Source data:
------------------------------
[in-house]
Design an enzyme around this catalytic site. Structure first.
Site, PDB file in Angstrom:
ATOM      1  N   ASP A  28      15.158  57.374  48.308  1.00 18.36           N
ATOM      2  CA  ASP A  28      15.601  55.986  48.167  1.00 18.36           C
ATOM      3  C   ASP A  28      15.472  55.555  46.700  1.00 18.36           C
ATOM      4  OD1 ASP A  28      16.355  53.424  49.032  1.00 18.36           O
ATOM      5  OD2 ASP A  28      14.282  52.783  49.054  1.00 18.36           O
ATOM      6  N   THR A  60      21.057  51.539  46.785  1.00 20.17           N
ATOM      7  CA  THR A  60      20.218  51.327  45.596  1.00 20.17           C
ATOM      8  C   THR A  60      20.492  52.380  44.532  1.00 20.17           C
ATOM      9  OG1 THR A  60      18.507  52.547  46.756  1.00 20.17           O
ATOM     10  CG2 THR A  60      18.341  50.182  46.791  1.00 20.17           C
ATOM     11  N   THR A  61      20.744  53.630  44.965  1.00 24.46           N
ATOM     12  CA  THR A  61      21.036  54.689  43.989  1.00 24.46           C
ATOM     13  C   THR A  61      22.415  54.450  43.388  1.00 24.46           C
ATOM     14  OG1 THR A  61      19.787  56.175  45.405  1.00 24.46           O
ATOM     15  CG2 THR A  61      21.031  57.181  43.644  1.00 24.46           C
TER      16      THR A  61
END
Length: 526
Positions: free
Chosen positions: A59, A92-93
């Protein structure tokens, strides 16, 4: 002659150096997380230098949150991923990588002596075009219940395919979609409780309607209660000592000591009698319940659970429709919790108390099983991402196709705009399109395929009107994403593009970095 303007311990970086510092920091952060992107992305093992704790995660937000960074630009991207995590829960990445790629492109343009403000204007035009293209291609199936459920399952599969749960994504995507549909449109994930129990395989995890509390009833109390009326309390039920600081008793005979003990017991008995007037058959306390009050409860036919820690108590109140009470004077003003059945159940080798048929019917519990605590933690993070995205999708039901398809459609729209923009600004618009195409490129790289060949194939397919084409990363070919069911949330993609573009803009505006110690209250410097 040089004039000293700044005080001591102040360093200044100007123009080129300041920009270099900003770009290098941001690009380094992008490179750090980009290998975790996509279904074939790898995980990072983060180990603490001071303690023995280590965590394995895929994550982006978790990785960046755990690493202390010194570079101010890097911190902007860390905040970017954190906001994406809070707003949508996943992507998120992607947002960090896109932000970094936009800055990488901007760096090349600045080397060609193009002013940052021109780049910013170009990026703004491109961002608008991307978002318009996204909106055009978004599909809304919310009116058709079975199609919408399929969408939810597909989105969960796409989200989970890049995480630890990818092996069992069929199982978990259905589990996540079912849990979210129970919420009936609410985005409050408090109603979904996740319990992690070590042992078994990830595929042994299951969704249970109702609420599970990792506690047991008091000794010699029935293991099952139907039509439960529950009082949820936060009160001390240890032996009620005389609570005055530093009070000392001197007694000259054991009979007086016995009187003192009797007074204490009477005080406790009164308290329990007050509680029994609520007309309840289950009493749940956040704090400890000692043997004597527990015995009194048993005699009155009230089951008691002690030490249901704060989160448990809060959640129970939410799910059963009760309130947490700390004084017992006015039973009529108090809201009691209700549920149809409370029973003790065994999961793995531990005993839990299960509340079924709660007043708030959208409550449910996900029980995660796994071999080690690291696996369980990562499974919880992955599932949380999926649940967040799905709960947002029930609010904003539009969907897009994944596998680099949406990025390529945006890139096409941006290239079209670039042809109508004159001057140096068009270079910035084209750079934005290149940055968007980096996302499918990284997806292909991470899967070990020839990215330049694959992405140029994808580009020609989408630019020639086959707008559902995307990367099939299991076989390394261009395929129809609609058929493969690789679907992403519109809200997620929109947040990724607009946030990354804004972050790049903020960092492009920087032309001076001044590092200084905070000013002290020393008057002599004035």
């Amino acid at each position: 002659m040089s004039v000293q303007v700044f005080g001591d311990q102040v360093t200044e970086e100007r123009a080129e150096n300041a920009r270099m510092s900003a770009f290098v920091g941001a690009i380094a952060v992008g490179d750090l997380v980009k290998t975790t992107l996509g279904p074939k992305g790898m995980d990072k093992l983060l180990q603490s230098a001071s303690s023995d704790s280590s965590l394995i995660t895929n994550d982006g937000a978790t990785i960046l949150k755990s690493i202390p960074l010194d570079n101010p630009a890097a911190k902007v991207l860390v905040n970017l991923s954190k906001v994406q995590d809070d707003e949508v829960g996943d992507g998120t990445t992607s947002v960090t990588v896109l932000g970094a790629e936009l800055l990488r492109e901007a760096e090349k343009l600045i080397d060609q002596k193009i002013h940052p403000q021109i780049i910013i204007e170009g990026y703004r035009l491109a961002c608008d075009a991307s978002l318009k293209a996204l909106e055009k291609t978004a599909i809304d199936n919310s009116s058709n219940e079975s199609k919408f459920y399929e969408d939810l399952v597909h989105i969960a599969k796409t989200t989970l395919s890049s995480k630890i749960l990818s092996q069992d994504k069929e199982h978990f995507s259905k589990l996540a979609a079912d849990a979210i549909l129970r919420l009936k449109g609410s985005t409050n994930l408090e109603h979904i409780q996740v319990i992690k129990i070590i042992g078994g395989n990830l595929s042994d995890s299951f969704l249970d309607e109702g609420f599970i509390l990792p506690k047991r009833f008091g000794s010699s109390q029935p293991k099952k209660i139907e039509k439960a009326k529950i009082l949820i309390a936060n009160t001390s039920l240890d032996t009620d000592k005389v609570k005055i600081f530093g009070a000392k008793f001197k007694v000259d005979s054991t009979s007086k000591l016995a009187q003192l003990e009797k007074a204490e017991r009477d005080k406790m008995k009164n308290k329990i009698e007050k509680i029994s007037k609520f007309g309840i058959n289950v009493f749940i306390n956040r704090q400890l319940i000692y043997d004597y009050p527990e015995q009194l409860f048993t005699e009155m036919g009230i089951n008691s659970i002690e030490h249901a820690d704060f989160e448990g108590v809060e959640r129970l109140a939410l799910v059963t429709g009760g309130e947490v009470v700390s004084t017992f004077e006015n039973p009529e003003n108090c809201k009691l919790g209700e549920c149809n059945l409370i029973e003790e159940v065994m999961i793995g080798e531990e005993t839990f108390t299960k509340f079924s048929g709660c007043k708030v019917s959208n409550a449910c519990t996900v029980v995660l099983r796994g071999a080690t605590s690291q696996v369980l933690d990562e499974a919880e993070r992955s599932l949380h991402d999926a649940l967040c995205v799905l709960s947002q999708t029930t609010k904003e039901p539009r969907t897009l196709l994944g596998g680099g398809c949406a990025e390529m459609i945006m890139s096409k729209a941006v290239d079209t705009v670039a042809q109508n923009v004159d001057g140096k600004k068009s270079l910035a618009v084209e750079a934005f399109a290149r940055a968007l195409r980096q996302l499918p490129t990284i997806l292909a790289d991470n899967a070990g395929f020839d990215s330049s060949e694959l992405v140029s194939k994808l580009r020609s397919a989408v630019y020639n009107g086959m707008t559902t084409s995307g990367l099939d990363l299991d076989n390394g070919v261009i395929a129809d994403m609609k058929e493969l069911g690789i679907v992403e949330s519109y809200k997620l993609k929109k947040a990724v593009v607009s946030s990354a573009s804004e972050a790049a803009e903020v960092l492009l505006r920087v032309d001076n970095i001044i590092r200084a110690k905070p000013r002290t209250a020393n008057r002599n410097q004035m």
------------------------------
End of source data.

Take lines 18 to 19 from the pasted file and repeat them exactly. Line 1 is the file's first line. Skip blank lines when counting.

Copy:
ATOM     15  CG2 THR A  61      21.031  57.181  43.644  1.00 24.46           C
TER      16      THR A  61